Today, and I would contend in the future too, leading-edge B2B companies will equip their salespeople not only with the confidence, but also with the tools (value calculators and value quantification tools) that empower them to convert competitive advantages into quantified monetary customer value. These tools and this confidence will help the salesforce resist customer pressure for lower prices.

Professional service providers

Service providers, comprising some 78% of the UK economy, do not fall outside the pricing process. Services, especially lawyers, auditors and consultants tend to deliver services at an hourly charge-out rate for their staff and partners. The hourly rate charged is driven by market prices and tradition. How many of these firms have actually looked at the value of their offering from a customer point of view?

These businesses should be looking to move towards value-based or outcome-based pricing. Many will find this a very difficult proposition, but professional services have started moving over to this system for some time. An example of this is services offering discounts to the overall bill to placate customers. However this is not addressing the fundamental flaw in the whole approach.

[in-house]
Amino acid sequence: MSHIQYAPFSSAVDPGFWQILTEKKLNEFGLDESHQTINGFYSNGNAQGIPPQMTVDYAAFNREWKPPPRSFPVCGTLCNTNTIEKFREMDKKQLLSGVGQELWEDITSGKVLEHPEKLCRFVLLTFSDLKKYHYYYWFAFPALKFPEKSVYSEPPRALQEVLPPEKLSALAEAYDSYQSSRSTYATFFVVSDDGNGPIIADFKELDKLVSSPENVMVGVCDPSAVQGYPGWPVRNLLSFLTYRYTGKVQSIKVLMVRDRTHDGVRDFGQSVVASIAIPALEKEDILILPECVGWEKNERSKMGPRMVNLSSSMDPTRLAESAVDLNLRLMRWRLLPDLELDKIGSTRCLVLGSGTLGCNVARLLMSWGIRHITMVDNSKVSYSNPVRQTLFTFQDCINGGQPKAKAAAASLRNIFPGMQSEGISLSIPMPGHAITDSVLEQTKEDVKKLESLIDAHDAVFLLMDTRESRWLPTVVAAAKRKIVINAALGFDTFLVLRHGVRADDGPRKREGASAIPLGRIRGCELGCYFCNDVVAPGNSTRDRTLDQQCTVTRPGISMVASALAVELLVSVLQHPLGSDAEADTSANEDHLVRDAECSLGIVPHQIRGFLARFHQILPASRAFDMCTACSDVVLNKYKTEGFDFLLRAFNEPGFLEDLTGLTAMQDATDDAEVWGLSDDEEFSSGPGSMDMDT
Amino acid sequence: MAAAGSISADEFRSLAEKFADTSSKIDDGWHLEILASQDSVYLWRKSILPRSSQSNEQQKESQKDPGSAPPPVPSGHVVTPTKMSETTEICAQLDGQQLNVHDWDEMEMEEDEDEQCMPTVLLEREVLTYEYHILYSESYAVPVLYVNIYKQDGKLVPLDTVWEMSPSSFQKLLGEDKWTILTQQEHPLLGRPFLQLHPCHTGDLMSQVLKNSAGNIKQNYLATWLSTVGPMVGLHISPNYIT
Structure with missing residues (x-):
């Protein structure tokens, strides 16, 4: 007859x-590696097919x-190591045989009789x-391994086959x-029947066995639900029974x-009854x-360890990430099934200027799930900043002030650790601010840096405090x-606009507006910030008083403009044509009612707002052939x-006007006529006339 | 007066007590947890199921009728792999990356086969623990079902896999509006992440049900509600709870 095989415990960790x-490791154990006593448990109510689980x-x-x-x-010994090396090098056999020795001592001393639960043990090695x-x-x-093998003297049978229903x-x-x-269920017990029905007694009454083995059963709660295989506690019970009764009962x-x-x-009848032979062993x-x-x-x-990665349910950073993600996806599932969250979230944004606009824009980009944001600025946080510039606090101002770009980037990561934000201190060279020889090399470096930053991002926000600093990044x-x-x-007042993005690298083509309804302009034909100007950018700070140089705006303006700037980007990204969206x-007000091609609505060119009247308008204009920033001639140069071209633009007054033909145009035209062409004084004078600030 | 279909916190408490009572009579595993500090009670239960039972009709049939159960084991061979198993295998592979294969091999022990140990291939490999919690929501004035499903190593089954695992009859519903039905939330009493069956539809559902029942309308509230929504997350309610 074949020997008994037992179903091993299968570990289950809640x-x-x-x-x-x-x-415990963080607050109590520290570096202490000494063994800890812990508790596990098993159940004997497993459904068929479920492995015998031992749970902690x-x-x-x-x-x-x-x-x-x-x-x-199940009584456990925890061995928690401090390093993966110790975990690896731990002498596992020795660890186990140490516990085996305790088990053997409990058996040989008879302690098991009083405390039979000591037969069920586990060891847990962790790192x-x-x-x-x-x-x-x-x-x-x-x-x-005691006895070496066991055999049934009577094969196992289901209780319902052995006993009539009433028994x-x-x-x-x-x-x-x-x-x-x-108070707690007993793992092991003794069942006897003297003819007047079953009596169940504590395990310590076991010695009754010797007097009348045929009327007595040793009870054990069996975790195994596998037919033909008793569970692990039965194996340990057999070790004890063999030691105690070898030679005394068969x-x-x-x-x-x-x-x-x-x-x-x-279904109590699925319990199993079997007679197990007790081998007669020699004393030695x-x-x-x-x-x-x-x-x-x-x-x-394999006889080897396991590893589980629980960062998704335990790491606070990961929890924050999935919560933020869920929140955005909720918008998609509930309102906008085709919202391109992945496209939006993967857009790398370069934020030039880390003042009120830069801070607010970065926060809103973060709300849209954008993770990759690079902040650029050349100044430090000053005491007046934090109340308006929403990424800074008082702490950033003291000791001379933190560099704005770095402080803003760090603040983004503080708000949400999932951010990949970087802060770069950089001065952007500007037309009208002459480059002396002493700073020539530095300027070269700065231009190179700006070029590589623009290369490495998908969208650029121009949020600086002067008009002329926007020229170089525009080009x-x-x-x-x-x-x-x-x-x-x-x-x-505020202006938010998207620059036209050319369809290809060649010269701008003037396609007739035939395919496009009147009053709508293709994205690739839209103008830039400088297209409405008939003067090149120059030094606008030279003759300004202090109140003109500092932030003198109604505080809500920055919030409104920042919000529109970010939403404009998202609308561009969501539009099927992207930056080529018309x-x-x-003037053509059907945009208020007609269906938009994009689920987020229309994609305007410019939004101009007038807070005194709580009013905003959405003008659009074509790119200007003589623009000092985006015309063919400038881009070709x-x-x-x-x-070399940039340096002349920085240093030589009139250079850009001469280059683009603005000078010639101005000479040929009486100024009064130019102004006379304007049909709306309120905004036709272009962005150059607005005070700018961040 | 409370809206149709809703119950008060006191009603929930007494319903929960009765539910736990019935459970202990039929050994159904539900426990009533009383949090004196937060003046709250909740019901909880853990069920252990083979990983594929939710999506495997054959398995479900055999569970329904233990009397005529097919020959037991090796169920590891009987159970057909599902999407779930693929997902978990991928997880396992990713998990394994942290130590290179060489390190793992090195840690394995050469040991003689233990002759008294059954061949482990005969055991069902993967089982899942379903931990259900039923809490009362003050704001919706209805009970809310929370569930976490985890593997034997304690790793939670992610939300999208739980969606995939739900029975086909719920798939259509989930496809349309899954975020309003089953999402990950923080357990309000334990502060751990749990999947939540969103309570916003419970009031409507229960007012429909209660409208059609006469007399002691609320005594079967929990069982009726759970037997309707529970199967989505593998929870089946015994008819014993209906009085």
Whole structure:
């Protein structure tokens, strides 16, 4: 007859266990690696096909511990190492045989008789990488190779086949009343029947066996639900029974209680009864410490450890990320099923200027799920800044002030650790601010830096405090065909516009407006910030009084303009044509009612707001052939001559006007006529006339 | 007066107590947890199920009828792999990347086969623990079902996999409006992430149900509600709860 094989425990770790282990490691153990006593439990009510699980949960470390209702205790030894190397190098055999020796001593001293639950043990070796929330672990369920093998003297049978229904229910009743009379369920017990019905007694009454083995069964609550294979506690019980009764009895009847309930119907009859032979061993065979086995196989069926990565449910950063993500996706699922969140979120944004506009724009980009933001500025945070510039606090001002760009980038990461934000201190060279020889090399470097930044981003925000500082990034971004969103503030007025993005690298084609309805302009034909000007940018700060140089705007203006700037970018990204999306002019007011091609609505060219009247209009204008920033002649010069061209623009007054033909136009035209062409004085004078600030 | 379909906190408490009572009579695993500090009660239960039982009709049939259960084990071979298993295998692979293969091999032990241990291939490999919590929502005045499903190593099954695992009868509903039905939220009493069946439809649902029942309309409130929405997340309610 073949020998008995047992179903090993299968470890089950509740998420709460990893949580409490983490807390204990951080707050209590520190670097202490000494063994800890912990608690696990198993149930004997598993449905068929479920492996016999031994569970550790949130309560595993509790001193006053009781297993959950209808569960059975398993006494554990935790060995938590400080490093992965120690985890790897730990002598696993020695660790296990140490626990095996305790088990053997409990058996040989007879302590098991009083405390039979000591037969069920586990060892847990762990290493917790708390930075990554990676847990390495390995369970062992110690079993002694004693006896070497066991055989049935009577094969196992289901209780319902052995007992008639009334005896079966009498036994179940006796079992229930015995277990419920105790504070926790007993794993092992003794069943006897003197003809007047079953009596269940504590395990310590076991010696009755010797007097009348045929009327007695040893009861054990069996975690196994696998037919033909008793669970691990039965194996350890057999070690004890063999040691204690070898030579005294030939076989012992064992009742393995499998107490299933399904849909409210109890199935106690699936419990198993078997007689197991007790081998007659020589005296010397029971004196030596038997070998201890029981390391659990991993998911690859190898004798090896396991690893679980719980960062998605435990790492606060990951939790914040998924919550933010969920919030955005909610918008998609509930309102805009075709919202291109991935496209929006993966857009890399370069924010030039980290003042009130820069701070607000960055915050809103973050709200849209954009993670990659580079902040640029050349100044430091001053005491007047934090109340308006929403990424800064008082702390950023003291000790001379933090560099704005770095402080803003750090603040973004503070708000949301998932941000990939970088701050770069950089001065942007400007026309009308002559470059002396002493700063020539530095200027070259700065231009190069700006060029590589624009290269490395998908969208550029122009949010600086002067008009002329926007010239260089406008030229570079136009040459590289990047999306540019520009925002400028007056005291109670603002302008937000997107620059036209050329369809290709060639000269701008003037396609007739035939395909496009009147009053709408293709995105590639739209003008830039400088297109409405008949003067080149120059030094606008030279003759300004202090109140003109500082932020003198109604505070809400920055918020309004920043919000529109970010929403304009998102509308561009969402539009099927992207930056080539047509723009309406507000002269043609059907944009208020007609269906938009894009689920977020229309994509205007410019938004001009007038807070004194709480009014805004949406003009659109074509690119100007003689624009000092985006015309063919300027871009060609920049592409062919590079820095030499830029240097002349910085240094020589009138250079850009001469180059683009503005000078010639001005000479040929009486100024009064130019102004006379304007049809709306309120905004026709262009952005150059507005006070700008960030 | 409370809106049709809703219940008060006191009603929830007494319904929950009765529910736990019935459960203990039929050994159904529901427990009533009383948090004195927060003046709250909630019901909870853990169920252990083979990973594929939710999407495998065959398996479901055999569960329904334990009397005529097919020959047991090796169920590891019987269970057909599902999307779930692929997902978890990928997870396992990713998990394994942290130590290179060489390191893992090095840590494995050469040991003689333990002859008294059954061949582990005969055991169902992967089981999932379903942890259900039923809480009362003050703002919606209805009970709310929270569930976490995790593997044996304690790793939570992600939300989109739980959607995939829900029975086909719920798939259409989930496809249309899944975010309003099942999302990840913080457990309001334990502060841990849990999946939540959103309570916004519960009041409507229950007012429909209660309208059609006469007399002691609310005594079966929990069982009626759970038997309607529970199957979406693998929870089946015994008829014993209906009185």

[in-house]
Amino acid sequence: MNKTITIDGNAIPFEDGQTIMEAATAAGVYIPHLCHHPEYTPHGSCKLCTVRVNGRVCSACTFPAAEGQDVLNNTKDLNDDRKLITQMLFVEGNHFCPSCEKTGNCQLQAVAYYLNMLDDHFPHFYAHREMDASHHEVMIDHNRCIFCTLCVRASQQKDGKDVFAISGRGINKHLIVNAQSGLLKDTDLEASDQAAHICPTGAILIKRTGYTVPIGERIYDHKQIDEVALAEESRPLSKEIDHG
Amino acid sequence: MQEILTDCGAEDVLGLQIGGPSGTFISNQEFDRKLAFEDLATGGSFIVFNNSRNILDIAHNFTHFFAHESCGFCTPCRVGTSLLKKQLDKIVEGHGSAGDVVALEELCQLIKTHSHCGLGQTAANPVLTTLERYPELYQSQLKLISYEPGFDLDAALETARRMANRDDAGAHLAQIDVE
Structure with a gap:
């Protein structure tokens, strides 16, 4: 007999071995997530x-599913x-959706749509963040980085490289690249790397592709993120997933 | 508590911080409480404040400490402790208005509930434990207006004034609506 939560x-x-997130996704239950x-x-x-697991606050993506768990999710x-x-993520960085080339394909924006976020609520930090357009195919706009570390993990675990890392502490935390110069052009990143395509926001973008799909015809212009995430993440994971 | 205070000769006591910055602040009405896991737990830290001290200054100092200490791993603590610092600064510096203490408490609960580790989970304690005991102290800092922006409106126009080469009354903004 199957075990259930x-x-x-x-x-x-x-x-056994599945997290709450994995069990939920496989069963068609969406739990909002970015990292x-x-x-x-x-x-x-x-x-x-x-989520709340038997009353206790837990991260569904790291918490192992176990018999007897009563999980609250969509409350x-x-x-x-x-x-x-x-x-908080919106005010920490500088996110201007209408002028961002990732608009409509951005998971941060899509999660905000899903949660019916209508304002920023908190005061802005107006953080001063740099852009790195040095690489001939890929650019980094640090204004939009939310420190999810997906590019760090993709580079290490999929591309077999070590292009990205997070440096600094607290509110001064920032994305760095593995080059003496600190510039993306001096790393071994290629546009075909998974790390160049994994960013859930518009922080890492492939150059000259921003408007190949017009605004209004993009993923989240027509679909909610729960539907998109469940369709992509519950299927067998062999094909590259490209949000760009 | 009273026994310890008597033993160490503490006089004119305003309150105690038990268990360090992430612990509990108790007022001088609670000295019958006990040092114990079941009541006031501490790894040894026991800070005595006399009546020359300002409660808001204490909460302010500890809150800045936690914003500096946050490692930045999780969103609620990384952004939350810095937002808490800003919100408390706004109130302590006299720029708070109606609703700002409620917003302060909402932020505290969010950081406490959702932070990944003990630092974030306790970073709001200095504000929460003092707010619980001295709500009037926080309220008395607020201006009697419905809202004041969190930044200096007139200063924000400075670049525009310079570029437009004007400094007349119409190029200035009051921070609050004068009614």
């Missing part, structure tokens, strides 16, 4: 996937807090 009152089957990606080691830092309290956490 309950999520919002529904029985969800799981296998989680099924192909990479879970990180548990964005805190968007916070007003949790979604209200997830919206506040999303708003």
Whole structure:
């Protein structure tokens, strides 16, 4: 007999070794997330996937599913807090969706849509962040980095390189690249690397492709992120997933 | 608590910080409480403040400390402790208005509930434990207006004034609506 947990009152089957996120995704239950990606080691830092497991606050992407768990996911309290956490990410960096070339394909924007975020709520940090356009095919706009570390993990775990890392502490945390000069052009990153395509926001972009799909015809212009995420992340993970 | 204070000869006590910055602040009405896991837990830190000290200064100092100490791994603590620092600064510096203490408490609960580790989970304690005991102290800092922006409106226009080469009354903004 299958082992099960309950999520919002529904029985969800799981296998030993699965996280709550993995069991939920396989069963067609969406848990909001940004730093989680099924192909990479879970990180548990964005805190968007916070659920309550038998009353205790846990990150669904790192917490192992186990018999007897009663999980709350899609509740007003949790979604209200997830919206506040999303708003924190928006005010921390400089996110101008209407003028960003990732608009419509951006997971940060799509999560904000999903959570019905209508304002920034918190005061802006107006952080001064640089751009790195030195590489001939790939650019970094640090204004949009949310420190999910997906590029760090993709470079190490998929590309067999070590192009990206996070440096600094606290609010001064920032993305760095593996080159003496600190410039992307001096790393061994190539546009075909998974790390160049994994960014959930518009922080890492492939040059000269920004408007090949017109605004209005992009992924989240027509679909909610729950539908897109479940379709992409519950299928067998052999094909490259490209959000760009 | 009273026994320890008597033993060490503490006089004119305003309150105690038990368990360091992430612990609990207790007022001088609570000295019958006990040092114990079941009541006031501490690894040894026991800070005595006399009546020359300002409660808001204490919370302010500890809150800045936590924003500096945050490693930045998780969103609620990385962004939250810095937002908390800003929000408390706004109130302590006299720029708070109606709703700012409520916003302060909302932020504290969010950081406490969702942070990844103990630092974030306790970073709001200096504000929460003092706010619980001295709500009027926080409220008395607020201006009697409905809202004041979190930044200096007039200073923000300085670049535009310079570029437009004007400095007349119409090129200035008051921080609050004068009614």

If a consultant, delivering a service at a set rate per hour, has an existing customer used to paying so many thousand pounds a year, who then announces that the service is going to tender, how would they go about determining their price?

There is one golden rule when assessing pricing: don’t look at the issue from your perspective of what you are doing for the client and the time it takes, but rather what the client is able to do as a result of working with you (as opposed to working with your closest competitor). You have to ask what your competitive advantage is incrementally worth to customers in monetary terms. In this example, a consultant aiming to implement value-based pricing could thus tie the professional fees to quantifiable outcomes, jointly defined with clients. This way, relevant outcomes could be the level of compliance achieved, and the key performance indicators agreed would be the indicators that matter to clients.

One point needs to be made clear: value-based pricing requires differentiation. In these terms, the statement “if you are not perceived as being different, you will be benchmarked purely on price” should be the mantra for any supplier.

About the author

Andreas Hinterhuber is partner at Hinterhuber & Partners, a consulting company specialising in strategy, pricing and leadership.